Bloomberg Anywhere Remote Login Bloomberg Terminal Demo Request


Connecting decision makers to a dynamic network of information, people and ideas, Bloomberg quickly and accurately delivers business and financial information, news and insight around the world.


Financial Products

Enterprise Products


Customer Support

  • Americas

    +1 212 318 2000

  • Europe, Middle East, & Africa

    +44 20 7330 7500

  • Asia Pacific

    +65 6212 1000


Industry Products

Media Services

Follow Us

Bloomberg Customers

Businessweek Archives

Chemical Mishaps In Your Pc

Bits & Bytes


STUDIES HAVE SHOWN that fatal accidents at chemical plants often come about as the result of well-intentioned but misguided changes in a factory's equipment or its operation. For instance, replacing a worn-out pump with the wrong model or raising a factory's production rate above a certain ceiling may easily lead to major trouble.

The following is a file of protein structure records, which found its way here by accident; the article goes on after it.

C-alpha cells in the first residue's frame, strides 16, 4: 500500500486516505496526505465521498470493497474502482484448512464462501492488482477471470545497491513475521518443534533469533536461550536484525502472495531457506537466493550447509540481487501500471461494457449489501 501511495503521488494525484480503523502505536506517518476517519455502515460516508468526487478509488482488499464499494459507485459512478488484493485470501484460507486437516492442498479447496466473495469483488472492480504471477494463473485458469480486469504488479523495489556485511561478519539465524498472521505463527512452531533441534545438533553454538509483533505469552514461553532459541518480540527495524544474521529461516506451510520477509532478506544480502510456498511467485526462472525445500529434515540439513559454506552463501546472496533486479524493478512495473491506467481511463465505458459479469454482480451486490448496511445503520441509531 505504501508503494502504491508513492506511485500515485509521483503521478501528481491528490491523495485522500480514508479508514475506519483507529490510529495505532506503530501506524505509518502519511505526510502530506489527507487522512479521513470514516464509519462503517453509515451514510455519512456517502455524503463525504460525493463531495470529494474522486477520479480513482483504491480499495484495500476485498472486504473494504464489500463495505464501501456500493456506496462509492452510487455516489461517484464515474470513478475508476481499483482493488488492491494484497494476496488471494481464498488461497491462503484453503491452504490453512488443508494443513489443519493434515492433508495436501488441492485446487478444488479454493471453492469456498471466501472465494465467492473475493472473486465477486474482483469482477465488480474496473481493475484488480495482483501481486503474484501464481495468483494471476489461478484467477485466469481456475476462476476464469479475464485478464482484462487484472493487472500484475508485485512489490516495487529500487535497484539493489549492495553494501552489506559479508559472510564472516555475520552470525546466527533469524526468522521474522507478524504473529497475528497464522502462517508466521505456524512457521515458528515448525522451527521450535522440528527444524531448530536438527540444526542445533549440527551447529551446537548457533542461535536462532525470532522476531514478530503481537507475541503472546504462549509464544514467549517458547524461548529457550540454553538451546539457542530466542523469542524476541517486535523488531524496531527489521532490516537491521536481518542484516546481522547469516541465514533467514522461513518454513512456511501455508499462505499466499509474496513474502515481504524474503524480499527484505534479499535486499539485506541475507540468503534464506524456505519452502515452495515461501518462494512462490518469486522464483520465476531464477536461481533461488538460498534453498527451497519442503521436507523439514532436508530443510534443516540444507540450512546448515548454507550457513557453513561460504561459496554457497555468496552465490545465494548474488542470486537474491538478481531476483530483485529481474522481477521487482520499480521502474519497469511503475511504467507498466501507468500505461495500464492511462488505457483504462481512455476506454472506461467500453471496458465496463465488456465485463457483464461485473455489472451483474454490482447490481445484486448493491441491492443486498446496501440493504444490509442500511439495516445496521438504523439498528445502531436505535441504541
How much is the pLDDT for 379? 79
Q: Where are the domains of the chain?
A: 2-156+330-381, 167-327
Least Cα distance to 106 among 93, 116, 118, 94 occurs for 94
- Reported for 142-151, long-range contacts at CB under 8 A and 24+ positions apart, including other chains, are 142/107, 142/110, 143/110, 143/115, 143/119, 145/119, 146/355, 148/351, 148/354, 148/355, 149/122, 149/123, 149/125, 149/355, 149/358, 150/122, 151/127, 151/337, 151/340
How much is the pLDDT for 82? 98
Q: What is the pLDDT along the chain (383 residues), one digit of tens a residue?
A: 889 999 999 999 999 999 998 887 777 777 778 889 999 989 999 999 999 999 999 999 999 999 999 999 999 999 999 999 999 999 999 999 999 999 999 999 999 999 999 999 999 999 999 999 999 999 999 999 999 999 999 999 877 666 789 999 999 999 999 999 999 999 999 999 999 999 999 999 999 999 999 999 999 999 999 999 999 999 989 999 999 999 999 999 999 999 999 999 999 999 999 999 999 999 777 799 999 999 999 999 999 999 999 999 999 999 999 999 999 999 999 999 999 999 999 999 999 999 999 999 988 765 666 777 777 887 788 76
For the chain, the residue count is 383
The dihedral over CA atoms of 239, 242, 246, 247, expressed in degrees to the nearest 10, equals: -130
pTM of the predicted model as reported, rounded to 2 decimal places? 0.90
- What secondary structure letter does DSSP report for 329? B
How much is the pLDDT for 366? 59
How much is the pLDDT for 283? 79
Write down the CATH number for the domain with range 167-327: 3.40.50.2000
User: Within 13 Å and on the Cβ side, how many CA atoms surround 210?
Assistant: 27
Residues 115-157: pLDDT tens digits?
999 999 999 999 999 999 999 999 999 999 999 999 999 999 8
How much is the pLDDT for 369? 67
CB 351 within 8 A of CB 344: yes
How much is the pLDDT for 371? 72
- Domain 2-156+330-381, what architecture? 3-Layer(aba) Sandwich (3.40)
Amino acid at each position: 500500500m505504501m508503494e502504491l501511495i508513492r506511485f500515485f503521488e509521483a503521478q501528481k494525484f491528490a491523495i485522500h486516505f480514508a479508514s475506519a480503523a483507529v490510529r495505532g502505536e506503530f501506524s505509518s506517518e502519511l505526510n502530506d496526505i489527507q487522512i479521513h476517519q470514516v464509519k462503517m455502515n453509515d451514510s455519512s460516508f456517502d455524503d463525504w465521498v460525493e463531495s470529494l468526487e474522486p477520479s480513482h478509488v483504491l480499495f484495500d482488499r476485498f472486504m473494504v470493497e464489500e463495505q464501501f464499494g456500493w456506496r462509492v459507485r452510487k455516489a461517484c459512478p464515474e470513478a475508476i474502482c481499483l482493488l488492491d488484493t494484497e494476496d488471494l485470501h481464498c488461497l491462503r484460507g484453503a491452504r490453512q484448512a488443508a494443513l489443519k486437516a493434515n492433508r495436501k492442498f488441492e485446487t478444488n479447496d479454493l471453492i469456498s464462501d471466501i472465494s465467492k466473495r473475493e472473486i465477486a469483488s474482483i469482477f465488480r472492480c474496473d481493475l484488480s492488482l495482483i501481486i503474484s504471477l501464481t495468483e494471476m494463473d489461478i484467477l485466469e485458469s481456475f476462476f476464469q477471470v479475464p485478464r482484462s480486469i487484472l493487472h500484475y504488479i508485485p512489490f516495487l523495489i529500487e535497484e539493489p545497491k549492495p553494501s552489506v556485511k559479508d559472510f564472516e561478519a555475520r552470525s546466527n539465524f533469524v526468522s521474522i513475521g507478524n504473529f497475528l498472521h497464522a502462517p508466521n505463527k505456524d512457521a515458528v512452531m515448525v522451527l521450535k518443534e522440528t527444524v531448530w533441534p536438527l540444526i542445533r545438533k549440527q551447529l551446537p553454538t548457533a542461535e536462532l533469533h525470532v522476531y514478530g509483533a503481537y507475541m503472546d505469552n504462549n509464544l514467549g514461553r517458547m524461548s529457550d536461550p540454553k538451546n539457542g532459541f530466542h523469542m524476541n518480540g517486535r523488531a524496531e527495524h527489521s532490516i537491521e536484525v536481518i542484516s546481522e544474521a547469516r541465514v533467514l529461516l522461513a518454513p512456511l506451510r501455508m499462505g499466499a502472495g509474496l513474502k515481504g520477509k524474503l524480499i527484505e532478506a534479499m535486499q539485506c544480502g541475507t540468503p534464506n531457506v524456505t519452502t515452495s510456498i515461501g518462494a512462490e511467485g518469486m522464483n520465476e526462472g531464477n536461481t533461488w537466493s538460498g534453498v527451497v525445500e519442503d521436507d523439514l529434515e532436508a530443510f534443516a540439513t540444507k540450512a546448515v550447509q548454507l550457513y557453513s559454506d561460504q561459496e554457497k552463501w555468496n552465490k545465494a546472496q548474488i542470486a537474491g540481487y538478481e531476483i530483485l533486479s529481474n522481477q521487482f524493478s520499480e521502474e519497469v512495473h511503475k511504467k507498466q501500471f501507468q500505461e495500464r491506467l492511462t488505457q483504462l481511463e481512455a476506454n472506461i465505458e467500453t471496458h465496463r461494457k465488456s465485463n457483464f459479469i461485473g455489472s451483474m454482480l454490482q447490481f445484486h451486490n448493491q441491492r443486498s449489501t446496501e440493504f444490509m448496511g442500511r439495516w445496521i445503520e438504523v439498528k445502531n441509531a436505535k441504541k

To help make workers more alert to such possibilities, the American Institute of Chemical Engineers has brought out simulation-based training software. The Management of Change program, available for use on IBM-compatible and Macintosh computers, runs the trainees through involved and potentially dangerous procedures such as cleaning and reloading a catalytic reactor. If the trainee uses too potent a cleaning chemical, say, or misreads a pressure gauge, the program signals a toxic release or a fatal explosion. Even at $895 a copy, the program is less expensive, Institute officials reckon, than using traditional classroom instruction, and it may make a stronger impression on workers.EDITED BY PAUL M. ENG

blog comments powered by Disqus